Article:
Hyundai Venue N Line Review: First Drive

By Divyank K. Bansal | on September 19, 2022 Follow us on Autox Google News

The Hyundai Venue N Line promises to add a healthy dose of sportiness to the compact SUV. But is it really the case? 

Hyundai is having a good run with the launch of its N Line brand in India. It all started with the launch of the i20 N Line last year, and now, the line-up has expanded to include one of the brand’s bestsellers, the Venue. The Venue N Line has been launched at a starting price of ₹12.16 lakh, which goes up to ₹13.30 lakh for the top-spec variant. All figures are ex-showroom. It’s available in two trims – N6 and N8 – and both trims offer two variants. The difference between the two? Well, one of them comes with the dual-tone paint scheme option. As for the difference between the two trims, the N6 misses out on quite a few features. But to compensate for this, it is also about a lakh cheaper than the N8. For nerds, here’s an exact list of what all is missing in the N6 trim, as compared to the N8:

  • Burglar Alarm
  • Telematic Switches
  • Rear-seat Centre Armrest
  • Dual-camera Recorder
  • Side & Curtain Airbags
  • Electrochromic IRVM
  • Reclining + 60:40 Split Rear Bench
  • HD Infotainment System
  • BlueLink connectivity
  • ‘Ambient Sounds of Nature’ Feature
  • Powered Driver’s Seat  

Hyundai Venue N Line Side Static

Key Concern

With this basic information out of the way, here’s my main concern regarding the Venue N Line. Like the i20, the Venue N Line gets the same mechanical changes: retuned suspension made stiffer for sharper handling, a retuned steering made more responsive and direct, and a sportier exhaust setup with a distinct burble. In addition, the Venue N Line also benefits from disc brakes on all four wheels. However, there is one significant difference between the two N Line models – unlike the i20, which offers both iMT and DCT gearbox options, the Venue N Line is on sale exclusively with the seven-speed DCT. This is quite surprising, especially because the standard 1.0-litre turbo Venue offers both gearbox options, and the N Line version uses the same powertrain. So, if an N Line model is meant for enthusiasts, how would they really feel about the decision to remove the option of a manual gearbox?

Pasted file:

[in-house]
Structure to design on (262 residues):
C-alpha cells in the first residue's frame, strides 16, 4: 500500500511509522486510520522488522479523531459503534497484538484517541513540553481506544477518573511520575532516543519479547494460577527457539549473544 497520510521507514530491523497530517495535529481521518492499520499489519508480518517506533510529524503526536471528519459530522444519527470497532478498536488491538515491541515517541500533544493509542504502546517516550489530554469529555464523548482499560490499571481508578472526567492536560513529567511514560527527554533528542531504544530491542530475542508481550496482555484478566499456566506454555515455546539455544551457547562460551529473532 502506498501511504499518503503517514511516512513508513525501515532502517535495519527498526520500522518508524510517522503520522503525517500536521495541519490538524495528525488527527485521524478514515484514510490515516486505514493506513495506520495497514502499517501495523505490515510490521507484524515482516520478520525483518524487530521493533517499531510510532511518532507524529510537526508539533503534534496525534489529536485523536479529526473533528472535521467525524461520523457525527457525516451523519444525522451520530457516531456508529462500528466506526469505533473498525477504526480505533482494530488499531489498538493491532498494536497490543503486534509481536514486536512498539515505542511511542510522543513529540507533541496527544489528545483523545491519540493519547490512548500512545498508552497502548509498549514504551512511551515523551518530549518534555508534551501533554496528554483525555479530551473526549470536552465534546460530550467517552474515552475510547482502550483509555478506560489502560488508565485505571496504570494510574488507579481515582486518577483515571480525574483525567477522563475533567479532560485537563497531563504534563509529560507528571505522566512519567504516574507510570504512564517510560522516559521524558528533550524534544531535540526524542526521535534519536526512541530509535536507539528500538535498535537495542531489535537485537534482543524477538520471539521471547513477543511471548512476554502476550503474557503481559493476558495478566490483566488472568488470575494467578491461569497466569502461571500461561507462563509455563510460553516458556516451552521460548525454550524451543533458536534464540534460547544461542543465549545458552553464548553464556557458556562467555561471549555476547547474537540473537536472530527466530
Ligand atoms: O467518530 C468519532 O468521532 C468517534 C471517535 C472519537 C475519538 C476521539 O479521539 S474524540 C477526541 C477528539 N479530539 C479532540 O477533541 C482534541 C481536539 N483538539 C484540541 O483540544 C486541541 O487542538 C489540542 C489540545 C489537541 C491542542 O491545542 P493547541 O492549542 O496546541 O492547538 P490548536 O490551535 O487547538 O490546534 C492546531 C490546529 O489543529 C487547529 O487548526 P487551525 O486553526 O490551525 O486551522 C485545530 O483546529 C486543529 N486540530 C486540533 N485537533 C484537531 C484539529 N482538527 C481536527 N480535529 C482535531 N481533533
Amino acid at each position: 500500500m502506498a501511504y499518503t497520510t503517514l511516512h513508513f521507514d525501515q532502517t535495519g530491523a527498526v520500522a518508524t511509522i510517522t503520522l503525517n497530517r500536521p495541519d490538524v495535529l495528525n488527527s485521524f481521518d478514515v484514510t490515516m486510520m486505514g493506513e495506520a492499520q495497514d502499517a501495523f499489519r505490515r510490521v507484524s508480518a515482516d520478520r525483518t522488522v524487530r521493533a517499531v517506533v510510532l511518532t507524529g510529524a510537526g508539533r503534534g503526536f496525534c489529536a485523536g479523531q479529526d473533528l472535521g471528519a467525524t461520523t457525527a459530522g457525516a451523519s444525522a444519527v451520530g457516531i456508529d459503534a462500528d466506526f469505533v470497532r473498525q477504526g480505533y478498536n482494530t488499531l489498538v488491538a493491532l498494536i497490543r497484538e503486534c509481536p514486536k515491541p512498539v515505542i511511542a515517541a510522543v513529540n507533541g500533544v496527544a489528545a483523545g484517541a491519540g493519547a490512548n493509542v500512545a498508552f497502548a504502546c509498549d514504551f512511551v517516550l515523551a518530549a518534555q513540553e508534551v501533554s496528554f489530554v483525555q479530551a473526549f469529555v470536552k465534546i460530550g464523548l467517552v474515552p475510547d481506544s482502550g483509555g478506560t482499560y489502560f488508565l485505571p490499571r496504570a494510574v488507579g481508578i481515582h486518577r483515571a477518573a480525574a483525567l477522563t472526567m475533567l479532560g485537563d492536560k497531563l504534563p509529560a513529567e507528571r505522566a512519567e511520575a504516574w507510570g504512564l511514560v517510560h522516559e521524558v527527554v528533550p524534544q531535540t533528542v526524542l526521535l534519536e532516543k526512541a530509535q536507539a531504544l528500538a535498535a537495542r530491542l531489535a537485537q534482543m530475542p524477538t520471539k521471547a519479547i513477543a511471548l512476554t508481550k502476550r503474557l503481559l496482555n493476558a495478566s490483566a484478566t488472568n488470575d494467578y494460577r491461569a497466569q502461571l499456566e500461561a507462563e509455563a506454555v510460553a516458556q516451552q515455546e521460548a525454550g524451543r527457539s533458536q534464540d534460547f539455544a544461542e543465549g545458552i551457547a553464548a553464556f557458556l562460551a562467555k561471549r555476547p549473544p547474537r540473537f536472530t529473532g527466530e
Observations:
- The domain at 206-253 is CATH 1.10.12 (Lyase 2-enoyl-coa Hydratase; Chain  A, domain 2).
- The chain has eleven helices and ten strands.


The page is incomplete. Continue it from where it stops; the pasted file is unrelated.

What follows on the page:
And it was not the only question that came to my mind. You see, with the standard Venue already setting benchmarks in its segment with respect to quality and driving dynamics, the Venue N Line has pretty big shoes to fill if it wants to stand out as the new range-topping version. So, are these basic mechanical tweaks enough to alter the Venue’s character? And has the N Line treatment actually given birth to a sportier derivative? With these questions in mind, I finally got behind the wheel to find the answers. But before I come to that bit, here’s a little bit about its styling, both inside and out.

Hyundai Venue N Line Front Quarter Static

Quite a Looker!

The Venue N Line is available in three colours – Polar White, Shadow Grey, and Thunder Blue. The last one is available exclusively in the dual-tone paint scheme with a blacked-out roof, while the other two can be purchased in monotone colours as well. Apart from some very obvious changes, like the ‘N Line’ badges at the front, side, and rear, the Venue N Line also offers a bespoke front grille – featuring wing-shaped inserts – and new N Line-spec 16-inch alloy wheels. The redesigned bumpers have been given faux silver inserts, and there are plenty of bright red-coloured accents peppered all around the exterior. In essence, there was plenty of scope for Hyundai designers to go overboard with the Venue N Line’s styling and basically ruin the car’s look, but thankfully, the car looks very attractive and enticing with these updates, especially in the Thunder Blue colour you see in these images.